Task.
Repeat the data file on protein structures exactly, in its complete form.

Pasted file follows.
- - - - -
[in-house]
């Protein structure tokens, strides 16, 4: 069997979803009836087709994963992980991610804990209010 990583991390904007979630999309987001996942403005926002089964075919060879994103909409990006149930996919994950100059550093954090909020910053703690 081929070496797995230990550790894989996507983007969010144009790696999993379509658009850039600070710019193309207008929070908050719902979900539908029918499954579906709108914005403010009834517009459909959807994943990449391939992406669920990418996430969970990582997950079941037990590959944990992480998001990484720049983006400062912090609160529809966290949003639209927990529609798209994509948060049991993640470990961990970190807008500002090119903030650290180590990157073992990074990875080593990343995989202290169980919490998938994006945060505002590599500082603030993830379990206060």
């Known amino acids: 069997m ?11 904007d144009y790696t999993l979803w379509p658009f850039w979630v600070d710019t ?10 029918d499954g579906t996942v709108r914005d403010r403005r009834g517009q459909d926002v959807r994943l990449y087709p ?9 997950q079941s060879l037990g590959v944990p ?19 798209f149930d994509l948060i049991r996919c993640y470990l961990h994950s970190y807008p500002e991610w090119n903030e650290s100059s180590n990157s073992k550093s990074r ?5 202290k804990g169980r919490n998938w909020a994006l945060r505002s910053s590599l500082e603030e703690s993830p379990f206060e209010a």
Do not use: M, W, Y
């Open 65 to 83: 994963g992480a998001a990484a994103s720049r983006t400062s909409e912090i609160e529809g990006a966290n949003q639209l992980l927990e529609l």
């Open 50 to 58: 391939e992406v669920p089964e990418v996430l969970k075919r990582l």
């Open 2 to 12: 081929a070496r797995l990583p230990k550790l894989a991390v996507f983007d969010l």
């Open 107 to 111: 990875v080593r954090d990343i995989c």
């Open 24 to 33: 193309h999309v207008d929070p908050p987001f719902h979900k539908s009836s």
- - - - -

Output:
[in-house]
């Protein structure tokens, strides 16, 4: 069997979803009836087709994963992980991610804990209010 990583991390904007979630999309987001996942403005926002089964075919060879994103909409990006149930996919994950100059550093954090909020910053703690 081929070496797995230990550790894989996507983007969010144009790696999993379509658009850039600070710019193309207008929070908050719902979900539908029918499954579906709108914005403010009834517009459909959807994943990449391939992406669920990418996430969970990582997950079941037990590959944990992480998001990484720049983006400062912090609160529809966290949003639209927990529609798209994509948060049991993640470990961990970190807008500002090119903030650290180590990157073992990074990875080593990343995989202290169980919490998938994006945060505002590599500082603030993830379990206060």
């Known amino acids: 069997m ?11 904007d144009y790696t999993l979803w379509p658009f850039w979630v600070d710019t ?10 029918d499954g579906t996942v709108r914005d403010r403005r009834g517009q459909d926002v959807r994943l990449y087709p ?9 997950q079941s060879l037990g590959v944990p ?19 798209f149930d994509l948060i049991r996919c993640y470990l961990h994950s970190y807008p500002e991610w090119n903030e650290s100059s180590n990157s073992k550093s990074r ?5 202290k804990g169980r919490n998938w909020a994006l945060r505002s910053s590599l500082e603030e703690s993830p379990f206060e209010a």
Do not use: M, W, Y
């Open 65 to 83: 994963g992480a998001a990484a994103s720049r983006t400062s909409e912090i609160e529809g990006a966290n949003q639209l992980l927990e529609l």
């Open 50 to 58: 391939e992406v669920p089964e990418v996430l969970k075919r990582l």
């Open 2 to 12: 081929a070496r797995l990583p230990k550790l894989a991390v996507f983007d969010l």
């Open 107 to 111: 990875v080593r954090d990343i995989c």
């Open 24 to 33: 193309h999309v207008d929070p908050p987001f719902h979900k539908s009836s």